with David Wood
of the Lunchbox
Is Democracy a Universal Value?
(Alton W. Jones Professor of Philosophy)
In a world with many cultures, traditions, and beliefs, is democracy a universal moral value? What is the moral significance of democracy? Is there an obligation to export it whenever possible?
From Smokestack to SUV: A New View of the Sources of Environmental Harm
Associate Professor, Law School
The environmental laws enacted in the 1970�s generated substantial improvements in industrial pollution. After 30 years of environmental regulation of industry, individuals and households are now the leading source of many types of environmental harm. Professor Vandenbergh will explore the implications for regulatory agencies, community groups, businesses and the general public.
October 6, 2004
Is Education the Way Out of Poverty?
Professor of Education
It has been 40 years since Head Start was first conceived. Children from low-income families continue to drop out of school at high rates and participate in training beyond high school at very low rates. Should we care? Our attempts at early intervention are still viable but will require a considerably greater commitment of resources--as well as a change of values--to make a sustained difference.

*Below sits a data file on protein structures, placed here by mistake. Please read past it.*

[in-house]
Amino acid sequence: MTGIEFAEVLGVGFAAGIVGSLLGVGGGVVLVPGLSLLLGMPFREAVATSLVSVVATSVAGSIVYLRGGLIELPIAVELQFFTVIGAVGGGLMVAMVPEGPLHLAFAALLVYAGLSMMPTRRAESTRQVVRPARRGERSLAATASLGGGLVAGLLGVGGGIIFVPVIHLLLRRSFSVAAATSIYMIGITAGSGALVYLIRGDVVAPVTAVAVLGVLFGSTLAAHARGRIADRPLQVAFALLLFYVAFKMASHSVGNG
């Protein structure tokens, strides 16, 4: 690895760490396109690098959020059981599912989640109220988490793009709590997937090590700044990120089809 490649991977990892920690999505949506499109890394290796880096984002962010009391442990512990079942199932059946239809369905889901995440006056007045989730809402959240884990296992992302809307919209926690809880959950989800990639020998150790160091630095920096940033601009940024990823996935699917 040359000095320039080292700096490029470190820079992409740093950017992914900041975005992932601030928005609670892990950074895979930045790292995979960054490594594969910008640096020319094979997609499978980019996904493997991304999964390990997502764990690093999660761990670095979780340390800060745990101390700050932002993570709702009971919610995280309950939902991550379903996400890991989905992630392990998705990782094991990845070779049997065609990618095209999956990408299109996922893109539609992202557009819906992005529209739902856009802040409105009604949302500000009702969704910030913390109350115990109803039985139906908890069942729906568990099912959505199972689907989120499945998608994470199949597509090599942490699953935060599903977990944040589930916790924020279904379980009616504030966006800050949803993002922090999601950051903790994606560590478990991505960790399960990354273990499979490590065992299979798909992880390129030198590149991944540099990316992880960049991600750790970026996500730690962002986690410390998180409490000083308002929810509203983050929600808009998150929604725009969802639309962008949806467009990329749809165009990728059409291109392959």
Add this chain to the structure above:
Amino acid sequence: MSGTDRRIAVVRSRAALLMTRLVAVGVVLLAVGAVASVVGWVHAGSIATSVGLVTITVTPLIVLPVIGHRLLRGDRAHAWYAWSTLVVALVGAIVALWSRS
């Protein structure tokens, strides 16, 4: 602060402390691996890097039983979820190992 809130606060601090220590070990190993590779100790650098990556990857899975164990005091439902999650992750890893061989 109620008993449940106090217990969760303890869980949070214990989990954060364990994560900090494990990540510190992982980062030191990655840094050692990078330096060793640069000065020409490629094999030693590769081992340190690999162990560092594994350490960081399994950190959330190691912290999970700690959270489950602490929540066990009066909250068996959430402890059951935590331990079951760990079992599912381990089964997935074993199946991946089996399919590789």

September 1 , 2004
The Last Unwritten Page of Genesis: The Amazon Rain Forest
Professor of History
The Amazon River basin covers an area roughly the size of the contiguous United States and extends across eight South American countries. Much of this region is covered by the world's largest forest, and it has come under intense pressure from miners, ranchers, developers, and multinational corporations over the last generation. What will be the fate of the Amazon rain forest in the coming years as the pressures to develop the region increase? How will these nations of South America promote economic development and not devastate the region?